Applications: I am not a number; I am a tag : implementation



 Verified tags

As we have seen before, conferred identity (for example, a driving licence) can be used instead of the primary identity. For example, conferred identity can be used to buy a range of services in the physical world (for instance you can show your driving license to buy services). In the digital world, tags / avatars etc are all a form of identity. However, they are not verified.

To achieve the concept of ‘I am not a number..’ you need a verified tag.

How can we verify the tag? You could use something like the Liberty alliance or similar mechanism. But that’s too ‘top down’, complex and expensive. But let us put this in perspective first; as indicated before,  A phone call is not a transaction!. The stakes are a lot less lower. In this case, rather than a full fledged approach (such as liberty alliance), which is expensive, a simpler more organic approach could suffice. This approach is based on the concept of ‘Identity = reputation’. Reputation is what others say about me on the Web. That’s an organic way to ‘verify’ me i.e. my tag. A verified tag allows me to be identified and verified, but not because who I say I am, but because others can validate what I say. This makes the mechanism a ‘closed loop’ system. In contrast, the Internet allows me to set up an ID called ‘John Smith’, without proof. I can then take someone’s verified ID and can communicate to another channel. As this is open; it can be abused.

The next logical question is: how to capture that ‘reputation’? And here, lets introduce another word ‘Pingerati . Trackbacks [3] are decentralised. In the sense, that when we trackback something, a link is created between the blog we are tracking back from and ‘my’ blog.  Supposing, every time you tracked back, there was a ‘ping’ (hence Pingerati!) to another site; that site would then hold all your trackbacks ever.
Why is this useful?

Imagine there is a place on the Web where I could store all my trackbacks, then that place becomes an implicit profile. Maybe it could even be my own blog. Thus, my blog would contain all my blog entries, all the comments on my blogs but also all the comments I have made on other people’s blogs in a separate section. An algorithm (PeopleRank) could then process all that information to create a ranking/probability indicating who I am.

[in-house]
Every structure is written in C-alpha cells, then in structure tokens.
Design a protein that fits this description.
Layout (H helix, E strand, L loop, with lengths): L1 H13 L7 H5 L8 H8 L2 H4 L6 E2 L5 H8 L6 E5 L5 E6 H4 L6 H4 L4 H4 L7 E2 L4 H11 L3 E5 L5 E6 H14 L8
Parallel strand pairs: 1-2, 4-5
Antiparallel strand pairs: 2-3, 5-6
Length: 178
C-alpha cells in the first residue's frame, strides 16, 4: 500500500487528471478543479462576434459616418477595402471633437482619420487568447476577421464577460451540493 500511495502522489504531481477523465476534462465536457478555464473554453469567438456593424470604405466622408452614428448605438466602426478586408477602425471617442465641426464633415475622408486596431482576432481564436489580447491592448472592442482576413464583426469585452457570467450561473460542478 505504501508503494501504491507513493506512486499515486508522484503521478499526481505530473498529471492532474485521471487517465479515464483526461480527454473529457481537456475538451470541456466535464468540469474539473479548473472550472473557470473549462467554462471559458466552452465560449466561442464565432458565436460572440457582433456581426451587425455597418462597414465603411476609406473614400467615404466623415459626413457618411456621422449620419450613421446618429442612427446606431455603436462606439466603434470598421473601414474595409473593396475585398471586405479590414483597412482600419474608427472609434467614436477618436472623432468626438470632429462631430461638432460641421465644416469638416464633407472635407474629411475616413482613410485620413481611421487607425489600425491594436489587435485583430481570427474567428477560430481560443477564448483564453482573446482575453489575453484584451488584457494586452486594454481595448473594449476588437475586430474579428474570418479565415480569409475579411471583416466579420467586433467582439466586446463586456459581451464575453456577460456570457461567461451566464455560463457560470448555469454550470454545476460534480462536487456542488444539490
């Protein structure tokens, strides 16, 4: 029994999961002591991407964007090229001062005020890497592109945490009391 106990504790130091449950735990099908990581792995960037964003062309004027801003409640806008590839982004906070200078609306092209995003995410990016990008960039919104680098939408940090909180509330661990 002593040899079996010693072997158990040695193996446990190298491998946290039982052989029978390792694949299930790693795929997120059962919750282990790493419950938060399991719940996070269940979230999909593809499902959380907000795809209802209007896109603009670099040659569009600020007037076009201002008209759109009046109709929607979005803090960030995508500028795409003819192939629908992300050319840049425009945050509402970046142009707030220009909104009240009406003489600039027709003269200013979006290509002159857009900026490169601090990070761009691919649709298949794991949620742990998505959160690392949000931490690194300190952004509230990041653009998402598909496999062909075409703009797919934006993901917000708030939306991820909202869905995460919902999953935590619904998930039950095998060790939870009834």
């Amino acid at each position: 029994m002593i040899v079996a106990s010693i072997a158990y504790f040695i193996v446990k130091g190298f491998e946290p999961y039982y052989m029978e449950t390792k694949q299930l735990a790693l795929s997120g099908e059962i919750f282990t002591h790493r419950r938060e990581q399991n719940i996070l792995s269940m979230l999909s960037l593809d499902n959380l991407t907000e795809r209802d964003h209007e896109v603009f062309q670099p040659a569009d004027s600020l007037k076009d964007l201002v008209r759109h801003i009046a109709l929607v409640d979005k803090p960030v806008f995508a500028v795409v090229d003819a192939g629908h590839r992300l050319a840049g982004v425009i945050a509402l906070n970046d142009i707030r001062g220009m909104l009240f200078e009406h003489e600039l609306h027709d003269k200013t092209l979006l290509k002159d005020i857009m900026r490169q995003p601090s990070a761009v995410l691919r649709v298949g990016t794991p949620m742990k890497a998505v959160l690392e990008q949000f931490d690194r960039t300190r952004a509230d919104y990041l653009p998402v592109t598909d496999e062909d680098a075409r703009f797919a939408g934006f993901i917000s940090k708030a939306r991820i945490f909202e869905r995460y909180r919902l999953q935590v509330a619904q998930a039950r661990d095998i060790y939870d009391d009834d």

So, thus far we have seen how we could identify a tag based reputation. Our goal is to make a ‘Internet originated phone call’ to that tag now that we have reliably identified the tag. The question arises, how to ‘place’ this call from the Web? If this is a mobile phone, how can we bridge the ‘fixed to mobile’ gap? From a telecoms perspective, to place an IP call to someone on a mobile IP network, you need their IP address. That address may be mapped to any identifier (tag, avatar etc), but an IP address is required. We also need to know presence information: Is the ‘tag’ available to accept phone calls. On first impressions, the requirement of knowing the IP address in advance sounds very daunting. In fact, it may not be so as we show below.

 We can think of two ways you can ‘call’ a phone.

a) SkypeOut and

 b) Naked SIP


The first and the simplest is to use an enhanced version of a mechanism like ‘SkypeOut’[4]. SkypeOut  has a profile and can already call any phone including a mobile phone. So, we need the Identity and presence features which are missing at the moment. Presence can also be provided by the user manually or through rules (Between 7 to 9 in the evening, call me on my home number).

 Naked SIP: “Naked SIP” is SIP without IMS. Please refer to the section on ‘Naked SIP’ for an explanation of it’s significance. Naked SIP provides plus third party applications an addressing mechanism to a phone which is independent of a Telecoms network provider.

 Conclusions and Observations

From the above discussion, we see that:

a) I am not a number; I am a tag  can be implemented at multiple levels; either as a simple ‘SkypeOut’ call or through naked SIP in the future.

b) Identity can be implemented organically through ‘Pingerati’.

 c) To some extent, we already use the Web to check identity manually. How many times have you ‘Googled’ someone to ‘check out’ who they are? That’s an ID check!

 d) To recap, it's more about convenience. When Amazon was first launched, many people thought it was about cheaper books. Today, we don’t expect cheap books from Amazon – but we get ‘something more’ i.e. the choice. Similarly, with this concept – you get all the numbers in one place, you get presence information and you can call the numbers from the Web.

 References: Marc Canter : Breaking the web wide open [5]The disruptive potential of Wi-Fi and WiMAX